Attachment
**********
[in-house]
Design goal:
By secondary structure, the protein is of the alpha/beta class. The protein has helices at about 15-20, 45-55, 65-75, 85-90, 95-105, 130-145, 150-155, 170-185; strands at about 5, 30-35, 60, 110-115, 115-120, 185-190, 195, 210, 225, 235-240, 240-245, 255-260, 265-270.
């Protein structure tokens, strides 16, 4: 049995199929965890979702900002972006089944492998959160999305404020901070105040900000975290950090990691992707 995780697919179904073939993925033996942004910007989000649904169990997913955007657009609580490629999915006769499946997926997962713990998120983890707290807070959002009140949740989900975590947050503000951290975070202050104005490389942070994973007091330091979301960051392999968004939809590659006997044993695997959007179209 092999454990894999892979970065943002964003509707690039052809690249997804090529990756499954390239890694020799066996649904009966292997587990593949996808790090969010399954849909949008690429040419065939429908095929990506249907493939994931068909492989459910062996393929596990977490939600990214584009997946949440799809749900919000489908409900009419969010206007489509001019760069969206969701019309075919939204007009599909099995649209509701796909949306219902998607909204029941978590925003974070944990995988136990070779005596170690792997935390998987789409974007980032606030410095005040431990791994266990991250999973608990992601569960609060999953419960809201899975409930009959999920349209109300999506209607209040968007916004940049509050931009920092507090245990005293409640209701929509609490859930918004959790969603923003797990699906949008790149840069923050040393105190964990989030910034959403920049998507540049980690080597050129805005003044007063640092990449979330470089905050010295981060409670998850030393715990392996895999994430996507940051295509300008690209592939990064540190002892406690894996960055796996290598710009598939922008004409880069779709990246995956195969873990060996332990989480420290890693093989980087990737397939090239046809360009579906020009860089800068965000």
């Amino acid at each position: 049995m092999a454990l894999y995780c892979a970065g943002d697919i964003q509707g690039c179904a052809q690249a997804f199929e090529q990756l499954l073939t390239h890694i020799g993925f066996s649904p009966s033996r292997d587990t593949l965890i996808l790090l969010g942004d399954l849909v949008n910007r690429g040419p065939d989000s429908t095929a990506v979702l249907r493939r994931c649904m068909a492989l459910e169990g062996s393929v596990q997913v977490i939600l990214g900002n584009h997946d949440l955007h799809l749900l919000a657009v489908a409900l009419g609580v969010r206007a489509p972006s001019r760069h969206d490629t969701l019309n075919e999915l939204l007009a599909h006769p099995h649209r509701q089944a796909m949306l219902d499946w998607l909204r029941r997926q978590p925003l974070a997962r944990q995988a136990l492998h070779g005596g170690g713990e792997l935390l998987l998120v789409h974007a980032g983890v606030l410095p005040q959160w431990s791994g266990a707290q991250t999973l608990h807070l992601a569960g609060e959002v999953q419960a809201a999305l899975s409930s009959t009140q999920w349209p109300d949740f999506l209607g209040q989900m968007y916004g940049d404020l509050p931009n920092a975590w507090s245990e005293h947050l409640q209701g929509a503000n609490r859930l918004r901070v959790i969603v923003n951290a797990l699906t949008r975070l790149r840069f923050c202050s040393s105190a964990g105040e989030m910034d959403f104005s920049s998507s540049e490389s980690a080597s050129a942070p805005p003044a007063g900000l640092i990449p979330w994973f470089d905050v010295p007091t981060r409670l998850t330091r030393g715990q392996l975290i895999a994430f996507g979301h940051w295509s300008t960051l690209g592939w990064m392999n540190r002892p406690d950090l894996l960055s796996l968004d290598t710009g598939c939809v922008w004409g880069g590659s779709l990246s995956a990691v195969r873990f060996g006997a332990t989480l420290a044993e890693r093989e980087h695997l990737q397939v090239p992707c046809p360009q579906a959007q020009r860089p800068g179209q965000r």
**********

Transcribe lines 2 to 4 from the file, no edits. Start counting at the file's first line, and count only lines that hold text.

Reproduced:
Design goal:
By secondary structure, the protein is of the alpha/beta class. The protein has helices at about 15-20, 45-55, 65-75, 85-90, 95-105, 130-145, 150-155, 170-185; strands at about 5, 30-35, 60, 110-115, 115-120, 185-190, 195, 210, 225, 235-240, 240-245, 255-260, 265-270.
């Protein structure tokens, strides 16, 4: 049995199929965890979702900002972006089944492998959160999305404020901070105040900000975290950090990691992707 995780697919179904073939993925033996942004910007989000649904169990997913955007657009609580490629999915006769499946997926997962713990998120983890707290807070959002009140949740989900975590947050503000951290975070202050104005490389942070994973007091330091979301960051392999968004939809590659006997044993695997959007179209 092999454990894999892979970065943002964003509707690039052809690249997804090529990756499954390239890694020799066996649904009966292997587990593949996808790090969010399954849909949008690429040419065939429908095929990506249907493939994931068909492989459910062996393929596990977490939600990214584009997946949440799809749900919000489908409900009419969010206007489509001019760069969206969701019309075919939204007009599909099995649209509701796909949306219902998607909204029941978590925003974070944990995988136990070779005596170690792997935390998987789409974007980032606030410095005040431990791994266990991250999973608990992601569960609060999953419960809201899975409930009959999920349209109300999506209607209040968007916004940049509050931009920092507090245990005293409640209701929509609490859930918004959790969603923003797990699906949008790149840069923050040393105190964990989030910034959403920049998507540049980690080597050129805005003044007063640092990449979330470089905050010295981060409670998850030393715990392996895999994430996507940051295509300008690209592939990064540190002892406690894996960055796996290598710009598939922008004409880069779709990246995956195969873990060996332990989480420290890693093989980087990737397939090239046809360009579906020009860089800068965000």